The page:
Do Cinco Ranch, Sugar Land support switch to A&M System?
March 20, 2011 at 11 p.m.
Updated March 19, 2011 at 10:20 p.m.
In the 11th part of an ongoing series, the Advocate answers questions related to HB 2556, legislation filed March 8 by Rep. Geanie Morrison.
If passed, the bill would change the University of Houston-Victoria's name to Texas A&M University-Victoria, and move everything and everyone under its umbrella into the A&M system.
QUESTIONS ABOUT THE BILL?
Contact Advocate Public Service Editor Gabe Semenza at email@example.com or 361-580-6519.
How do Cinco Ranch and Sugar Land feel about the switch?
The intent of Rep. Geanie Morrison's bill, HB 2556, is to move all University of Houston-Victoria property, employees and students into the Texas A&M University System.
A healthy portion of UHV's faculty, administration and students work or attend classes via the Sugar Land and Cinco Ranch centers.
So, how do leaders there feel about the efforts to switch systems? The majority of faculty members who teach and students who attend classes via those centers, after all, are UHV affiliated.
Phone calls and emails to Richard Phillips, the associate vice chancellor at Sugar Land and Cinco Ranch, were referred to the system's media department.
Richard Bonnin, the system's spokesman, reiterated a point he shared last week: "As stated in Government Code 556.006, state agencies and their boards are specifically prohibited from advocating for or against the passage of any particular piece of legislation."
He then emailed again the one statement the system released since Morrison filed her bill. Nothing in that statement discusses how folks in Sugar Land and Cinco Ranch feel about efforts to switch.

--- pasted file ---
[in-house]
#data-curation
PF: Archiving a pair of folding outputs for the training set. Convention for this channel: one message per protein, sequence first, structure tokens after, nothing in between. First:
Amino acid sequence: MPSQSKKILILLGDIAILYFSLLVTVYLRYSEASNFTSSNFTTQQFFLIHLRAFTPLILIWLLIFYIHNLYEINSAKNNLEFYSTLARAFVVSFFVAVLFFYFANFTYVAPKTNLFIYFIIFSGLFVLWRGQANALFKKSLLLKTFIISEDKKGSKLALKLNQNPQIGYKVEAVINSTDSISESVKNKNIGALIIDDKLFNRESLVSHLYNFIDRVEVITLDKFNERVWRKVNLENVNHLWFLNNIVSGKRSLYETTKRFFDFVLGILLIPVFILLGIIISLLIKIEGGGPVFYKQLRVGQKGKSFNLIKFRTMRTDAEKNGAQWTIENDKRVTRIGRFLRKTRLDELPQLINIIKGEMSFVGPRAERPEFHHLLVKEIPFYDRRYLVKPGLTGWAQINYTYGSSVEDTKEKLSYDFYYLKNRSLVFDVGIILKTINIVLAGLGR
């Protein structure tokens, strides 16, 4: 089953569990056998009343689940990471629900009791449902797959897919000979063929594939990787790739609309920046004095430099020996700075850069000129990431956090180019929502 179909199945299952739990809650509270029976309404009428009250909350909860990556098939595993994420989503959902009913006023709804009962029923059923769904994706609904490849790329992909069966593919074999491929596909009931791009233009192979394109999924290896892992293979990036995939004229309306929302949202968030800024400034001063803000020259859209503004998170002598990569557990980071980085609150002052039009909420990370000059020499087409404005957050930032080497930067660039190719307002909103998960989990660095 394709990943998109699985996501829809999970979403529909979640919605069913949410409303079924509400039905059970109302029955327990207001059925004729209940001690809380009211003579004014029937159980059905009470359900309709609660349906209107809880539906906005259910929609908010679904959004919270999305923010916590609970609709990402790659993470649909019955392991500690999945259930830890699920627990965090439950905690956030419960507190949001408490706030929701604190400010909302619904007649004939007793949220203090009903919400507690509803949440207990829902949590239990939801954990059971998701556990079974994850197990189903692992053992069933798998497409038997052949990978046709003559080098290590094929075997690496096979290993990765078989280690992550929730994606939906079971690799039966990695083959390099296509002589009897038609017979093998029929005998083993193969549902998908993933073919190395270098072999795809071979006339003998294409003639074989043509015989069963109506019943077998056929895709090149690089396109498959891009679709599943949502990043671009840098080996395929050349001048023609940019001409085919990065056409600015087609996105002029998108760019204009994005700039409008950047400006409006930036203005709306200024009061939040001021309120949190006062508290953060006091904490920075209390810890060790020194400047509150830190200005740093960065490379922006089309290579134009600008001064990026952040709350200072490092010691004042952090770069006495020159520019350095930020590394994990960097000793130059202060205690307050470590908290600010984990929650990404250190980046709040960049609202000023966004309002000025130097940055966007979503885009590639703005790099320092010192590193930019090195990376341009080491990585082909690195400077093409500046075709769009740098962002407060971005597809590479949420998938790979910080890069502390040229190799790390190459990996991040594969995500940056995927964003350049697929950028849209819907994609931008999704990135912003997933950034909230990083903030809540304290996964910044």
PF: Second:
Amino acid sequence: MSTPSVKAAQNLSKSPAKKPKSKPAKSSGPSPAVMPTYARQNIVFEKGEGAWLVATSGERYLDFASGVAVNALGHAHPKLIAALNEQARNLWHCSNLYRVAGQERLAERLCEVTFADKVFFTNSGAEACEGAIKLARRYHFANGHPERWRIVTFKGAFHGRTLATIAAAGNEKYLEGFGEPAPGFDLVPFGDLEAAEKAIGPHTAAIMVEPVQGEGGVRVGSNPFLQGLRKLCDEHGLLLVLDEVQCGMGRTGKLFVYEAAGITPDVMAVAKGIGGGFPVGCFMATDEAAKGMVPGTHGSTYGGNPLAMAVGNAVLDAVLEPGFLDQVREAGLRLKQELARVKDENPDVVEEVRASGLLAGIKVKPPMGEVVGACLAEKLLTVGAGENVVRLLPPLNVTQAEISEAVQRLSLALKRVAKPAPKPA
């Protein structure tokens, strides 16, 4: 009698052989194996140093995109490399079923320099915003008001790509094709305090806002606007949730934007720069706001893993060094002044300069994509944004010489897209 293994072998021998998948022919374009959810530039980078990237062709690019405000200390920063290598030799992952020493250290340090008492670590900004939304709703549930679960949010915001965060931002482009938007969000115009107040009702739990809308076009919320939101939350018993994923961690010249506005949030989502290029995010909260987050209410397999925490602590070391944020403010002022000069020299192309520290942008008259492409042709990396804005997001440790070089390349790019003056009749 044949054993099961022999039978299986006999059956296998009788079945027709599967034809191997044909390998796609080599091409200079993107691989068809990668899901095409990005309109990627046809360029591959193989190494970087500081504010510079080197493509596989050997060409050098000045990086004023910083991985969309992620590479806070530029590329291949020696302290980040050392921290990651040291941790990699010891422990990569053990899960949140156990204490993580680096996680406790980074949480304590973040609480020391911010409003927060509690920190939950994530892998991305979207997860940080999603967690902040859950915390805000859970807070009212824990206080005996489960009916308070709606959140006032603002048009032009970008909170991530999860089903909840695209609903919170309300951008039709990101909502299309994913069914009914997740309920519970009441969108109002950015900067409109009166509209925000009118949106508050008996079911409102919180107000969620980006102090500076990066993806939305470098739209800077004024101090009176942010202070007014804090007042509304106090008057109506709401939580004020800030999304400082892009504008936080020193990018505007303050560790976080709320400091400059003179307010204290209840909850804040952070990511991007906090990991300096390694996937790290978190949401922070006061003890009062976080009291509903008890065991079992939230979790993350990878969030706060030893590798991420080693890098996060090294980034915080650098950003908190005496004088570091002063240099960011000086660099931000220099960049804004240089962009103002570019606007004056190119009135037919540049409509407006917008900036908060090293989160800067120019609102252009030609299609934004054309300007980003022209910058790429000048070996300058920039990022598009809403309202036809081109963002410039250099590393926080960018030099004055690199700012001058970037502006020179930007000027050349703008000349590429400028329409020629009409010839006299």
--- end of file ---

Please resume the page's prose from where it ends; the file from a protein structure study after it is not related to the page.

Doug Adolph, spokesman for the city of Sugar Land, said simply, "The city does not have a position on this legislation."
Clearly, Morrison's legislation has ramifications for the two multi-institutional learning centers. Leaders there have, historically, expressed a desire for the centers to become freestanding institutions.
"Most communities want more than what they're getting out of their university system," said Don Smith, UHV's interim president. "Most communities want a residential campus. I'm aware Sugar Land and Cinco Ranch have certainly wanted, over the years, a substantial university in the community, but again, that's not surprising."
For now, it remains unclear if leaders in Sugar Land and Cinco Ranch support or oppose a switch to the A&M System.
Sen. Glenn Hegar, a Katy Republican whose district includes Victoria, offered his understanding.
"As the only member of the Texas Legislature whose district includes all three campuses, I can tell you that this bill is in response to a Victoria issue and addresses the concerns of residents in the Victoria community," Hegar said. "The communities of Sugar Land and Katy have not engaged in this discussion."
How much would a system switch cost?
The university system switch would not cost taxpayers any money, Morrison said.